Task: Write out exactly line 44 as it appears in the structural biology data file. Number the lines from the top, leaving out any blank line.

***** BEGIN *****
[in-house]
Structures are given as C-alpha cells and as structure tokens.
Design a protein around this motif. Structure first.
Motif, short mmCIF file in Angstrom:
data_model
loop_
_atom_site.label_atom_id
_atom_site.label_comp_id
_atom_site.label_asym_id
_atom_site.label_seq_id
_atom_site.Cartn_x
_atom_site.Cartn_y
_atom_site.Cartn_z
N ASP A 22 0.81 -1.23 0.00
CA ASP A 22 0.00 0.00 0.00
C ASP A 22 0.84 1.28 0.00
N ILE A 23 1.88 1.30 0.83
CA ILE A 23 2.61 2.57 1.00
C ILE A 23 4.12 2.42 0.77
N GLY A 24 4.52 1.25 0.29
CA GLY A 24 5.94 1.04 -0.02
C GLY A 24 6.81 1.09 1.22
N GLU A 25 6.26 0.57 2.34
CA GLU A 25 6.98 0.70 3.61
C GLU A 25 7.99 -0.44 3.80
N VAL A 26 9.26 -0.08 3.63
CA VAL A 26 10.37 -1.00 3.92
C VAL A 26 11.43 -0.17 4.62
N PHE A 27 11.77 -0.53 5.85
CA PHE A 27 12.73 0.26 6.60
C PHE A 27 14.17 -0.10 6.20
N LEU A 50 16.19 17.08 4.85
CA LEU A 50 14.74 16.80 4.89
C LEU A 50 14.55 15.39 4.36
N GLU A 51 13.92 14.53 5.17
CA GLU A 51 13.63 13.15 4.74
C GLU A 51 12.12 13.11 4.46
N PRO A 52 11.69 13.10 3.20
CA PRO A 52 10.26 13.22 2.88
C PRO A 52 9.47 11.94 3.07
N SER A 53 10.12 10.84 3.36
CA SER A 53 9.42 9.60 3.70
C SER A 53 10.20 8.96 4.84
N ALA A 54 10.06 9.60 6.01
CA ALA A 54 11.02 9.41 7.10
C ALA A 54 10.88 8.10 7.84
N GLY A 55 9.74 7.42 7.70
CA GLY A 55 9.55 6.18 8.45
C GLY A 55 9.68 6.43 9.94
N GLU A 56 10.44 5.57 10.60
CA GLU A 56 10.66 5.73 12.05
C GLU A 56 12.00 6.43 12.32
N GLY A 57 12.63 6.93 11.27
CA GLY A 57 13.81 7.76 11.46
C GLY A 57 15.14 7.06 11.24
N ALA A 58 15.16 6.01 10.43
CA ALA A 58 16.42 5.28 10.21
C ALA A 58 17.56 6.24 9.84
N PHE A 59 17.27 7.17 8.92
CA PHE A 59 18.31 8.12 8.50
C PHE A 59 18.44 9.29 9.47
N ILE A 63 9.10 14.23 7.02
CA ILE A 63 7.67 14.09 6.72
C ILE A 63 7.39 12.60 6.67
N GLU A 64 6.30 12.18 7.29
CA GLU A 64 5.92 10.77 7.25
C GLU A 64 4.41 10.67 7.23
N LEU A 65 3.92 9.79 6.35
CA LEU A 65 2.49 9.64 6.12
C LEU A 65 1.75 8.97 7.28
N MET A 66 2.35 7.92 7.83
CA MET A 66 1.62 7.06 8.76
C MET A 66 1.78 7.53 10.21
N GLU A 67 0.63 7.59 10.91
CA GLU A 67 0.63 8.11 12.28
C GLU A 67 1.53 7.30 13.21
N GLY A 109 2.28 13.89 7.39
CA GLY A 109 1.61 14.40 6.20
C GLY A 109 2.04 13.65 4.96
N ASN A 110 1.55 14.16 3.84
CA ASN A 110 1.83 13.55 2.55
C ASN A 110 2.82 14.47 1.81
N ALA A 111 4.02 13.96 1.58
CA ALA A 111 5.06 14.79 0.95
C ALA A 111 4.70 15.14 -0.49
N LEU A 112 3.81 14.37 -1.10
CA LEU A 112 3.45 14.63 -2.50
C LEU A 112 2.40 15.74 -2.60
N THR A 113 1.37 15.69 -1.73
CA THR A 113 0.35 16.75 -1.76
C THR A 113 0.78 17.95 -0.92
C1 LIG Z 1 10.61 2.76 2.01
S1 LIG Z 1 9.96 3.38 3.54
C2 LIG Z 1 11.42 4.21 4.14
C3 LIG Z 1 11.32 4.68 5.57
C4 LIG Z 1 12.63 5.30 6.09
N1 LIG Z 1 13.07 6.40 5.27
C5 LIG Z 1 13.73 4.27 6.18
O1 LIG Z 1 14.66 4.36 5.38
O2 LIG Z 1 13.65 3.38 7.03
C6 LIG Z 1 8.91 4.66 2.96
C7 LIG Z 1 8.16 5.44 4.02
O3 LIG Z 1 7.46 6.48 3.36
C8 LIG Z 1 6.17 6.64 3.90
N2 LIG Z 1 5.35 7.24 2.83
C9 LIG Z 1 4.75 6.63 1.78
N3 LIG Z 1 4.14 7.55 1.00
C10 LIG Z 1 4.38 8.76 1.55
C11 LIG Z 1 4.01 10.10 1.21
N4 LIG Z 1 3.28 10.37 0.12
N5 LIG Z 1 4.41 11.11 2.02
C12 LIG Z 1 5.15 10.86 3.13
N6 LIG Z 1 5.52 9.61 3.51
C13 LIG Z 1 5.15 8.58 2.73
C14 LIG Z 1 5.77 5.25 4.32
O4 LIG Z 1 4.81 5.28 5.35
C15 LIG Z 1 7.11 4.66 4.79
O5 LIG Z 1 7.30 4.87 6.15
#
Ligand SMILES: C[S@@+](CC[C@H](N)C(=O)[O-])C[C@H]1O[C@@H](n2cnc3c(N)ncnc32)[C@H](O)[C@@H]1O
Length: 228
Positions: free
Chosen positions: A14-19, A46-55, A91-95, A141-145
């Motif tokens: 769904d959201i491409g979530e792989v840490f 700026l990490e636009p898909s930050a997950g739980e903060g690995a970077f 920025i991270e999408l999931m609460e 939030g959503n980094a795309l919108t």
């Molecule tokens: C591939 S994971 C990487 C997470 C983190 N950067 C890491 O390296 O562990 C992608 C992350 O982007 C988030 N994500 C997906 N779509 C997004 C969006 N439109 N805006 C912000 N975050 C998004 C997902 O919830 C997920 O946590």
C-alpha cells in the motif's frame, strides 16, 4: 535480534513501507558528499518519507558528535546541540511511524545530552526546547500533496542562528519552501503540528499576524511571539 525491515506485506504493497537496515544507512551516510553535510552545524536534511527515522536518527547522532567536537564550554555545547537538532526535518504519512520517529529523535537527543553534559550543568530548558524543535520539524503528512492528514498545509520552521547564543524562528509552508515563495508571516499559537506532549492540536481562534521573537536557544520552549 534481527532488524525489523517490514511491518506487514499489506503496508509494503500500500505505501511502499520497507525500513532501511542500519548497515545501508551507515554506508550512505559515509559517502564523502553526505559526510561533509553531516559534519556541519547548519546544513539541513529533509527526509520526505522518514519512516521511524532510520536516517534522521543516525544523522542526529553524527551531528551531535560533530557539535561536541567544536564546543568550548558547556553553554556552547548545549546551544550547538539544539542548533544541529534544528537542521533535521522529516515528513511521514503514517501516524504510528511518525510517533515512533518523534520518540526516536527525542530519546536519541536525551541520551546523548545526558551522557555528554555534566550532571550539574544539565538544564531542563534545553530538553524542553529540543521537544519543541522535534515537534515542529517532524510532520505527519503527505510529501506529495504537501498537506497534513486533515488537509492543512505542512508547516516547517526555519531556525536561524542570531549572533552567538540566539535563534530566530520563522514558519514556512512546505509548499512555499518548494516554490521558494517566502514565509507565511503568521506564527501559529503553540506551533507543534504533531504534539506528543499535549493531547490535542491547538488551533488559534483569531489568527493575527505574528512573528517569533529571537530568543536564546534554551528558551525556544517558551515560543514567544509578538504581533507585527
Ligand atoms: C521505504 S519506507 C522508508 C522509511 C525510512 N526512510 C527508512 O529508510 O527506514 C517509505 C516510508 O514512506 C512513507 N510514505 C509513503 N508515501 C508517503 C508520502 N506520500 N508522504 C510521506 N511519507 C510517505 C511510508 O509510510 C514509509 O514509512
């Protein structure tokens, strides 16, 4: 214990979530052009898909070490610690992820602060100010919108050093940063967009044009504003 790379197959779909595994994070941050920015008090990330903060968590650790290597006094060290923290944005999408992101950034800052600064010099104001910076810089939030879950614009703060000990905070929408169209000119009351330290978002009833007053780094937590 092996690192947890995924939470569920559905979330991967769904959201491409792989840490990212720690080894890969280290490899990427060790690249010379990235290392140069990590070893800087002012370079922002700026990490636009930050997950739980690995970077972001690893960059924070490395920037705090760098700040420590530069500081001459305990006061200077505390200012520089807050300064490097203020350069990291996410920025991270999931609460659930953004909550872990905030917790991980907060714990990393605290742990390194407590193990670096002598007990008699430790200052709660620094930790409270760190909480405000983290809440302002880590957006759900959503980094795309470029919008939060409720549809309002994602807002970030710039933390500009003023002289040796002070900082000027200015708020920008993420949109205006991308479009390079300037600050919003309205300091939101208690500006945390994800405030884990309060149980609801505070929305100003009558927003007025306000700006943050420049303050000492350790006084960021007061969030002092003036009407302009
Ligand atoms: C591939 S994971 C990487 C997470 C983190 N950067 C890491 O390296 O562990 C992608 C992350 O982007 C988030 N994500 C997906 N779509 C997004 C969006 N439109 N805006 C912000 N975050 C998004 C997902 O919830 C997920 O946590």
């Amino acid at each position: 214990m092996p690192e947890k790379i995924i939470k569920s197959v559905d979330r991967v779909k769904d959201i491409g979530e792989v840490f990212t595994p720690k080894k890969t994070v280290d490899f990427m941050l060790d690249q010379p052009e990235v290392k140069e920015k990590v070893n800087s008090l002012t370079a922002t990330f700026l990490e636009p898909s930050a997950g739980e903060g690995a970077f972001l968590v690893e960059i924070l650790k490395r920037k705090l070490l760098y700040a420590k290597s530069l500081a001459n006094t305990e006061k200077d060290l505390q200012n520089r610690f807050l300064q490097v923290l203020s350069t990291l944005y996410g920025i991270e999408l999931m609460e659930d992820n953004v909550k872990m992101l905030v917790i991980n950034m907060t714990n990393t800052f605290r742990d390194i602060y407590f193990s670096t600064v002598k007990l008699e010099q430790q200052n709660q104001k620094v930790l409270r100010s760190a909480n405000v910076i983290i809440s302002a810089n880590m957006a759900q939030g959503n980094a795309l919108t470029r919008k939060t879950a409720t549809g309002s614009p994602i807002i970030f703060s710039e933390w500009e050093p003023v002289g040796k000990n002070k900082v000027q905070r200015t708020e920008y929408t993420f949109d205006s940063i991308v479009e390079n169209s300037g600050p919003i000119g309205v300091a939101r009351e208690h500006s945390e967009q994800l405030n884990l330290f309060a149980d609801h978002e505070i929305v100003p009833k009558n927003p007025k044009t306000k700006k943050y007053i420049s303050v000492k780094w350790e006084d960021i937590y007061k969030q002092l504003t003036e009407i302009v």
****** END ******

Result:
N ALA A 54 10.06 9.60 6.01